Skonberg has been doing crustacean by-products research since 1998. Her crab experiments are the latest in a long line of by-products research at UMaine where, in the last three decades alone, food scientists have explored potential uses for Maine-based by-products such as potato peels, salmon and lobster mince, and unripe (red and green) blueberries. The goal of the department’s by-products research is to probe areas that might be of benefit to industries and specialty food producers that play a significant role in the state’s economy.
“We’re creating opportunities for businesses to make profits on something that may have been a waste disposal issue,” says Mary Ellen Camire, a UMaine professor of food science and human nutrition, and a fellow of the Institute of Food Technologists. “We’re not getting things ready to be sold in stores. We develop concepts, then it’s up to the industry to take the next steps.”
But finding a business willing to make a significant financial commitment to implement one of the university’s food by-products concepts can be difficult, especially in current economic times when profitability is more critical than ever.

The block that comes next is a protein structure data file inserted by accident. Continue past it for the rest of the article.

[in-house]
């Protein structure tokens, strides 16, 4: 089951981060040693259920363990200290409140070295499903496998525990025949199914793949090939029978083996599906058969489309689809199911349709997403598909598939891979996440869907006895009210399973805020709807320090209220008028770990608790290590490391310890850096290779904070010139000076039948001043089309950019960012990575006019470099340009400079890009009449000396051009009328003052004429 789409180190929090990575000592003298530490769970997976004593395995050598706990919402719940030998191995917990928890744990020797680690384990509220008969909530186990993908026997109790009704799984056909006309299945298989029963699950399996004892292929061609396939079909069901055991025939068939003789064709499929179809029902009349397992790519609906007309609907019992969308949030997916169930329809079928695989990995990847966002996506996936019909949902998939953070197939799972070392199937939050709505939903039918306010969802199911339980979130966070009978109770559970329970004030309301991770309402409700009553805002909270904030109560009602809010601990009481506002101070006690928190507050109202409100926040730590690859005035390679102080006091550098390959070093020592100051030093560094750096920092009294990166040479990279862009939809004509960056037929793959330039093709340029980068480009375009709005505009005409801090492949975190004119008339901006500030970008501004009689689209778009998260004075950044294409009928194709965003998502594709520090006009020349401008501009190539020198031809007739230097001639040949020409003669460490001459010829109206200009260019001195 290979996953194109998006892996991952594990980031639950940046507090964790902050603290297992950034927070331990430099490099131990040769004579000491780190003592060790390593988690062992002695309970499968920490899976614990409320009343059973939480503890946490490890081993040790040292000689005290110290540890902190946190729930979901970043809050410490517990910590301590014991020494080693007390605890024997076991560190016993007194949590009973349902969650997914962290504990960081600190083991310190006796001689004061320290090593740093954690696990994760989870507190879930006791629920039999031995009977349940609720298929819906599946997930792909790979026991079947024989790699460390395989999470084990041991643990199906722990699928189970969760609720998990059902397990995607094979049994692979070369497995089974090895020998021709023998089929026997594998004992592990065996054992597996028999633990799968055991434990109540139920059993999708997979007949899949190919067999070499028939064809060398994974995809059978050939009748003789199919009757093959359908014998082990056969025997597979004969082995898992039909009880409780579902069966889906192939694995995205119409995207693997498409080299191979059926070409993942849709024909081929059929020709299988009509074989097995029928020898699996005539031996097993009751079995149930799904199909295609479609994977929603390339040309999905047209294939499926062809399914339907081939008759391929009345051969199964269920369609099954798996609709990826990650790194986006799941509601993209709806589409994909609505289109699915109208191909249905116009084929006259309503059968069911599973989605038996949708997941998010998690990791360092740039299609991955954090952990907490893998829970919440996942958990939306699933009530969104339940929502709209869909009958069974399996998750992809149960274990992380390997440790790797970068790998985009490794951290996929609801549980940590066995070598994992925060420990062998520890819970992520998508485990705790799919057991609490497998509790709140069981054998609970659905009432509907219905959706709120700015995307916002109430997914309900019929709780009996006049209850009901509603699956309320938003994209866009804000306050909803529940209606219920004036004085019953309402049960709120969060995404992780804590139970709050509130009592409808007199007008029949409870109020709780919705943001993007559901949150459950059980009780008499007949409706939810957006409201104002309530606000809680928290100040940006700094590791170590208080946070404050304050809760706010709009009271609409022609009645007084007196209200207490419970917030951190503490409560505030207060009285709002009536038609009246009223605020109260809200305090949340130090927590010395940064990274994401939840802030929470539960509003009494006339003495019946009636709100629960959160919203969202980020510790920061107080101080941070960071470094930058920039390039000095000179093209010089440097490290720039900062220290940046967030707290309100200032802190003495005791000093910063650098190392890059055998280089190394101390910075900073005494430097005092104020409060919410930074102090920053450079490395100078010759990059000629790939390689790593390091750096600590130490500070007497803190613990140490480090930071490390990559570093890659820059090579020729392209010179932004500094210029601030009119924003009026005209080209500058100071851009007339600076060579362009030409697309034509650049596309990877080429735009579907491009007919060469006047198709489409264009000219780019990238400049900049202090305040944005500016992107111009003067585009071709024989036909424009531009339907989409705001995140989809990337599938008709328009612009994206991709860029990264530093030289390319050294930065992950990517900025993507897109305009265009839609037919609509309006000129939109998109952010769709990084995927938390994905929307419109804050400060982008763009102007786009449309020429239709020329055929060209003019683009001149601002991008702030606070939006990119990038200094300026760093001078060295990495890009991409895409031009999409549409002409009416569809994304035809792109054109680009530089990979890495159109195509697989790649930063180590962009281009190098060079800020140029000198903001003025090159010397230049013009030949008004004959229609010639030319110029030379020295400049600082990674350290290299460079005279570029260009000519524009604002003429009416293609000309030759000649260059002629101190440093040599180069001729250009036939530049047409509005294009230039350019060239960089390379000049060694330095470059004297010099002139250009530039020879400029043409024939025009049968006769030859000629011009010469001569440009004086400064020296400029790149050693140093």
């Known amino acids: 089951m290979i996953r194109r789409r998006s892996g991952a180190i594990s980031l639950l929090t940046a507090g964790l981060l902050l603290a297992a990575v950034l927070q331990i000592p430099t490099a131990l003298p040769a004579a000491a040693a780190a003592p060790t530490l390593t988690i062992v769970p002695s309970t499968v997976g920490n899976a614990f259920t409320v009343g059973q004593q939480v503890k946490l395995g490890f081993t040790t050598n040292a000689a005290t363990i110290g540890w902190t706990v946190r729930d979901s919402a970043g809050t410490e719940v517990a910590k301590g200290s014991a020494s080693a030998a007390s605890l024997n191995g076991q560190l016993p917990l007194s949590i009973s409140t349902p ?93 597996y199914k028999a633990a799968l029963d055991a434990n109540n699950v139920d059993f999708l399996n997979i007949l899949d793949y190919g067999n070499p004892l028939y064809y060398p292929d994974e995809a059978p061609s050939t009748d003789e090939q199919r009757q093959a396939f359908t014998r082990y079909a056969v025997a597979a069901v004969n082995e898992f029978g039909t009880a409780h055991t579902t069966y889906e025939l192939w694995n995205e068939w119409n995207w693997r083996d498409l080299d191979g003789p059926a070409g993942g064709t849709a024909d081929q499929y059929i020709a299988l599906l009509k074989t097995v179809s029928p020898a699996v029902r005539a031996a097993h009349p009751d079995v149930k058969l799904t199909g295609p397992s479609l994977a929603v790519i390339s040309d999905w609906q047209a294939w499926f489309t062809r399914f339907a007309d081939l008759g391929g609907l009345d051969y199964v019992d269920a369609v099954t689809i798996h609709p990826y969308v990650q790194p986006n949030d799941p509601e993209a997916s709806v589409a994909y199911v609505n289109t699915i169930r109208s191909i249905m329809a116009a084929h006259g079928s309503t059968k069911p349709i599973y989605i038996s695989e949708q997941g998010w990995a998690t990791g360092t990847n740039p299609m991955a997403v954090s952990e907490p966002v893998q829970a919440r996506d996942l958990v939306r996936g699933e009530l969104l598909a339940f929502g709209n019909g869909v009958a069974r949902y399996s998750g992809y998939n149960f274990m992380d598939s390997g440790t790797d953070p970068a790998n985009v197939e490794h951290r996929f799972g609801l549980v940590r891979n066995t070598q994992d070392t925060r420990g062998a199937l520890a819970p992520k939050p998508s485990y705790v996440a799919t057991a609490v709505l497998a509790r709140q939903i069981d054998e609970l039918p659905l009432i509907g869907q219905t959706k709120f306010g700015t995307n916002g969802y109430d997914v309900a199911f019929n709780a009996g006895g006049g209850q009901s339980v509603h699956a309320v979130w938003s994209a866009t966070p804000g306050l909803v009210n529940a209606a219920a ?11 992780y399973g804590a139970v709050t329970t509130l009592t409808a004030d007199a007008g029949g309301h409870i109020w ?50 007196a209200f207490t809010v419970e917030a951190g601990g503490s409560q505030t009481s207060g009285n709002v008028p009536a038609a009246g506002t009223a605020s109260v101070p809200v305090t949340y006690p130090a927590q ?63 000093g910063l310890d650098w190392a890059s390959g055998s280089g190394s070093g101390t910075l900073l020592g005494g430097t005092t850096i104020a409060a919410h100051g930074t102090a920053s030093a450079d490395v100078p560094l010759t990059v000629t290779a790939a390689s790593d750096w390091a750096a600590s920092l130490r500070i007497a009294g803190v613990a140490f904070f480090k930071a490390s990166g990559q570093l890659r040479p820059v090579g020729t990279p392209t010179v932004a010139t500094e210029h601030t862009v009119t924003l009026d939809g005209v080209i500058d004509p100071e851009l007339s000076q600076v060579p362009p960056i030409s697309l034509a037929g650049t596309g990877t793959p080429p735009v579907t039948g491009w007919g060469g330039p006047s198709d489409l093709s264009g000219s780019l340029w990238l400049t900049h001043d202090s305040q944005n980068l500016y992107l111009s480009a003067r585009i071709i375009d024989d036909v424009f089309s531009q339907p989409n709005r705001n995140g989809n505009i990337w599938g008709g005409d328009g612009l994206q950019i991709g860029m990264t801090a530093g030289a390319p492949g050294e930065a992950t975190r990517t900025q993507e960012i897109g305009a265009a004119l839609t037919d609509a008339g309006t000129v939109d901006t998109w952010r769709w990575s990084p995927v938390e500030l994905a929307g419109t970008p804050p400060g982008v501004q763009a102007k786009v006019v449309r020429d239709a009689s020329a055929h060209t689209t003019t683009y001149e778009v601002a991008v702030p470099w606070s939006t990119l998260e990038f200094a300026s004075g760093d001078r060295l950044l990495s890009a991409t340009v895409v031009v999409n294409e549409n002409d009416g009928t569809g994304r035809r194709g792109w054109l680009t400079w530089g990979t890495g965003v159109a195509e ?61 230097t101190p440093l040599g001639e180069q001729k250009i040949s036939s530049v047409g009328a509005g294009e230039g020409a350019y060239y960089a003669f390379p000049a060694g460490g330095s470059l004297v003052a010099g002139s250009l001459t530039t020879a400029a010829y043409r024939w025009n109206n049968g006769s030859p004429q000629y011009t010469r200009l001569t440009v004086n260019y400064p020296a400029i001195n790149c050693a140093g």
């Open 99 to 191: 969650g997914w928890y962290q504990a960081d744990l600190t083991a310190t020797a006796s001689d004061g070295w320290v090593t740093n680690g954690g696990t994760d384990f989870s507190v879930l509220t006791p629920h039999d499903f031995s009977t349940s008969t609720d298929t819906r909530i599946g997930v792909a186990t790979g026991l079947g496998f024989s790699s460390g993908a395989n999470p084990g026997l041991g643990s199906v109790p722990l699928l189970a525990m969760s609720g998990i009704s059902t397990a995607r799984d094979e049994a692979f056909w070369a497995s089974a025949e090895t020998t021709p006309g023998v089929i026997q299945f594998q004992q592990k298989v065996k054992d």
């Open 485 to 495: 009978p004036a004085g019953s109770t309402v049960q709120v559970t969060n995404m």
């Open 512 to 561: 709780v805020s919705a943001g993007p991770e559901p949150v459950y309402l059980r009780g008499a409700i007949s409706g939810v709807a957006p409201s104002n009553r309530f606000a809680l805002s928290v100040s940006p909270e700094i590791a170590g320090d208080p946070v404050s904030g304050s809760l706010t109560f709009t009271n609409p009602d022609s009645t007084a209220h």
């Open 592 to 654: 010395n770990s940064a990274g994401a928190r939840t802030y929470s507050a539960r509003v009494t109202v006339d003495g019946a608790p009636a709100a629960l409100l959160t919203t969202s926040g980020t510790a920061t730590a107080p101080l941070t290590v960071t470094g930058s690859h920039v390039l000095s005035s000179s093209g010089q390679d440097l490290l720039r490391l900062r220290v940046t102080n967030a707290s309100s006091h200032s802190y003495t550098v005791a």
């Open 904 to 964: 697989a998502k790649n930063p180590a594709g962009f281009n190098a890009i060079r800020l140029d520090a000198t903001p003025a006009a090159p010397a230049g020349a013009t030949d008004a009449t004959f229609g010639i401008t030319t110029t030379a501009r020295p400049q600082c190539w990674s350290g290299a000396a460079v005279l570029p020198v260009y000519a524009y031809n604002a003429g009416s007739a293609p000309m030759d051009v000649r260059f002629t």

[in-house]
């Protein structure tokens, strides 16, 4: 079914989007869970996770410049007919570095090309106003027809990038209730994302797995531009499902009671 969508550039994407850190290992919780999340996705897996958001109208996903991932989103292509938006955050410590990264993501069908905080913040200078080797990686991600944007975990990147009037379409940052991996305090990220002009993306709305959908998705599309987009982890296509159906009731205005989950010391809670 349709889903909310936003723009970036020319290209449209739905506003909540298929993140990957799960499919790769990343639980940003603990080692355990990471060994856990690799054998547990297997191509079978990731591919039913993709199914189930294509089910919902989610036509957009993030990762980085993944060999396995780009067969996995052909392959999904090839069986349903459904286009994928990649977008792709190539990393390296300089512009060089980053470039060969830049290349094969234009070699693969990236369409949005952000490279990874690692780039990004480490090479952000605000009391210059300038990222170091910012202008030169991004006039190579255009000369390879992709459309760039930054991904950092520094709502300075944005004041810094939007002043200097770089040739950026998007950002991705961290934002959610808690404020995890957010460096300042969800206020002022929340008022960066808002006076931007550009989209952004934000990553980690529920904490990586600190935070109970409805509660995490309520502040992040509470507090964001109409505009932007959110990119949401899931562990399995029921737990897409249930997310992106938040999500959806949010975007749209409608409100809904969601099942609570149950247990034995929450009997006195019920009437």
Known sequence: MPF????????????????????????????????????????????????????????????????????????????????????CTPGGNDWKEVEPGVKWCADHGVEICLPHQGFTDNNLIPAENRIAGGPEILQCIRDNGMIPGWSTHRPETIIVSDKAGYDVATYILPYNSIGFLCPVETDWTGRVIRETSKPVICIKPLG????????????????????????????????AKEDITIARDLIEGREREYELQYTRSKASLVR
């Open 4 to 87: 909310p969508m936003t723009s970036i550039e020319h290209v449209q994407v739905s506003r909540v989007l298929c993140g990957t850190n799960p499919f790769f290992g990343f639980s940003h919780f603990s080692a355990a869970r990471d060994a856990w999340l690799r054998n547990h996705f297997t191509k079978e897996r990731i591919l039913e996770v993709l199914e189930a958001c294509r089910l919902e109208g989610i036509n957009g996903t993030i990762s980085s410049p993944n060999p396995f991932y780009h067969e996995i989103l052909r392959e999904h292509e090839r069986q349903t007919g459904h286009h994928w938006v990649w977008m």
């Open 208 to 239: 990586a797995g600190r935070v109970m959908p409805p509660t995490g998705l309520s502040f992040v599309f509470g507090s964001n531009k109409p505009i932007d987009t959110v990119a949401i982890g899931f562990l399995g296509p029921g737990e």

“Trying to get things picked up by industry is always a challenge,” Camire says. “The trick is, if a company wants to use a by-product concept, it has to make economic sense for them.”
The economics of by-products research also extends to supply and demand. Take the department’s research on potato peels in conjunction with the McCain Foods potato facility in Easton, Maine. More than two decades ago, peels from Aroostook County’s cash crop were used as cattle feed before interest spiked in their antioxidant value, as demonstrated by researchers such as Camire.
But there is only a finite number of potato peels to go around and the availability of them is directly tied to the production of the main product, which is the challenge with all food by-products.